Was it a dream where you see yourself standing in sort of sun-god robes on a pyramid with a thousand naked women screaming and throwing little pickles at you?
Why am I the only one who has that dream? "

Got nothing to say about the astros, seems like a train wreck, but maybe as GM you can get Texans cheerleaders to throw pickles at you.
I root for the Astros and Mariners, but I've kind of given up on the Astros until they get a new GM and owner. Even when they play tolerably, which isn't often enough, they just aren't very fun to watch.
Great write-up. I can't believe how far this team has fallen from the Killer B days of Biggio, Bagwell and Berkman.
I'm really disappointed with this article. It's not trendy to be an Astros fan right now, but BP does have a few in their readership. None of the other GM-FAD articles have been treated as complete jokes except for this one.

First off, unless I'm missing an obscure reference, I think you mean Jason Bourgeois, not Jeff.

Second, there's not even a halfhearted suggestion for continued development of Bud Norris, Jason Castro and Brett Wallace, none of whom are poorly-thought-of prospects even if they aren't projected stars.

Third, as for Chris Johnson, sometimes players take a while to develop, like Andres Torres and Jose Bautista. Your minor league numbers don't tell his whole story. From 2006 to 2008, Johnson hit 266/328/395 which is pretty terrible. But in 2009 and 2010 in the high minors (which are supposed to be more difficult, no?), Johnson hit 299/372/499. He doesn't project to be an All-Star but if he develops a little more, it's not a complete stretch to say he could produce like a slightly-above-average major league 3B. At his cost, it makes complete sense for the Astros to find out rather than trading him away for another A-ball project.

Fourth, the starting pitching staff was NOT "merely subpar". Their collective starters had one of the lowest ERAs in the NL after the All Star Break, and even SIERA had no real beef with them. For the season, Rodriguez, Myers, and Norris all came in well under 4.00 while Paulino and Happ below 4.50. Since SIERA is notriously hard on "lucky" pitchers like Happ, is his SIERA of 4.35 over 72 IP really that bad, given by 2012 he chould easily be the #4 starter?

Sure, the farm system is a mess and both the owner and GM don't have stellar reputations. I think you could have given us something a little more thought-through than a complete hazing of all things Astros. If they manage to trade or cut Lee (doubtful), there are a couple decent 2B's who could be available (Jose Lopez? Mark Ellis?) and plenty of starters to fill out a fourth or fifth spot in an underrated rotation without going completely broke. The owner's always been willing to spend, and now Berkman and Oswalt are off the books (not even mentioned in the article? For shame!).

The NL Central is a slapstick comedy of a division and there's no realistic reason why the Astros can't try to improve their team in 2011 while setting their sights on 2012.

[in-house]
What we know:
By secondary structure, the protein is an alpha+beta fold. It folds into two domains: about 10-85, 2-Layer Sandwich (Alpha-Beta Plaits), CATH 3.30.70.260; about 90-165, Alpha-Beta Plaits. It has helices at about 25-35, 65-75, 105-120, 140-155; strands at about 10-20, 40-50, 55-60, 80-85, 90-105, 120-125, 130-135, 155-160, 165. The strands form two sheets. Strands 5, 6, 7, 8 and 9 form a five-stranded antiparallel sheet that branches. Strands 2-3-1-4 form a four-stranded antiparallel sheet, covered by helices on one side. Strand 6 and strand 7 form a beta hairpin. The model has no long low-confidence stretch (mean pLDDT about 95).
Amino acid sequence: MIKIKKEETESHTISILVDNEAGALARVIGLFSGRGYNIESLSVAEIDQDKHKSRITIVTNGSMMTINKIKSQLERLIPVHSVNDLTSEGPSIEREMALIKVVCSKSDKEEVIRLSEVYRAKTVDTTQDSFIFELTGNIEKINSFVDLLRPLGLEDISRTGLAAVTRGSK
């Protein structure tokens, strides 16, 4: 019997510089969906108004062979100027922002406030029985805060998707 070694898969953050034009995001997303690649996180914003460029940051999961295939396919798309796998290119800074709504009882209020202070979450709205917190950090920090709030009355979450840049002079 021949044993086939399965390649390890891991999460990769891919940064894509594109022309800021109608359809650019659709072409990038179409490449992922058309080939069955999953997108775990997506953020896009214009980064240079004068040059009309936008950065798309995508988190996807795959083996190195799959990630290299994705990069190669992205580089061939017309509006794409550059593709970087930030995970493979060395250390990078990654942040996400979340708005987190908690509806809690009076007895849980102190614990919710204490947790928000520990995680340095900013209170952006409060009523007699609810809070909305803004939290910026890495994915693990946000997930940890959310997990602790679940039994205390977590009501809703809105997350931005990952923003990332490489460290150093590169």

You are absolutely correct. BP loves to pretend to objectivity, but their clear disdain for both Ed Wade and the Astros lead them to not merely have a lack of coverage, but actually to ignore the facts in front of them while choosing whatever punching bag they see fit.

The Astros have fallen far as a franchise. Unfortunately, so has BP.
I don't know if a blanket panning of BP is in order, but I do agree there's a pretty strong feeling of ill-will towards Wade around here. I know nothing of him before he was the Astros' GM, but I can't say that anything he's done since warrants such strong e-persecution.
I couldn't agree more. I was actually looking forward to the "GM For a Day" article on the Astros. Surely all the readers of BP know that the Astros have become one of the worst organizations in baseball. And as a fan of the Astros, why do I need yet another source telling me how horrible the team and the ownership are. I was really hoping that there would be some intelligent and possibly even optimistic...gasp...information here about the Astros.

And how could the trades of Oswalt and Berkman not even be mentioned...the acquisition of Happ and freeing up salary cost is a pretty big step in a new direction for the organization.
zeus...the first one is real genius....what's the second from?
Second is from real genius as well.
Official petition for a do-over on the Astros' GM for a Day:

+1 here to sign.

You've got to be kidding me. The Astros are the most talentless organization in baseball and probably even more painful to watch than the Mariners. Jason Castro, Brett Wallace as your new wave of stars. That's a freaking joke. Does anybody think Brett Myers will ever have a year approaching this one again? Yes, with the right (or luck ... re Myers) move or two, maybe they could "contend" in the NL Central, but does anybody in the world except you several posters think they have the talent of the Reds, the stars or acumen of the Cardinals, or anywhere close to the core of the Brewers?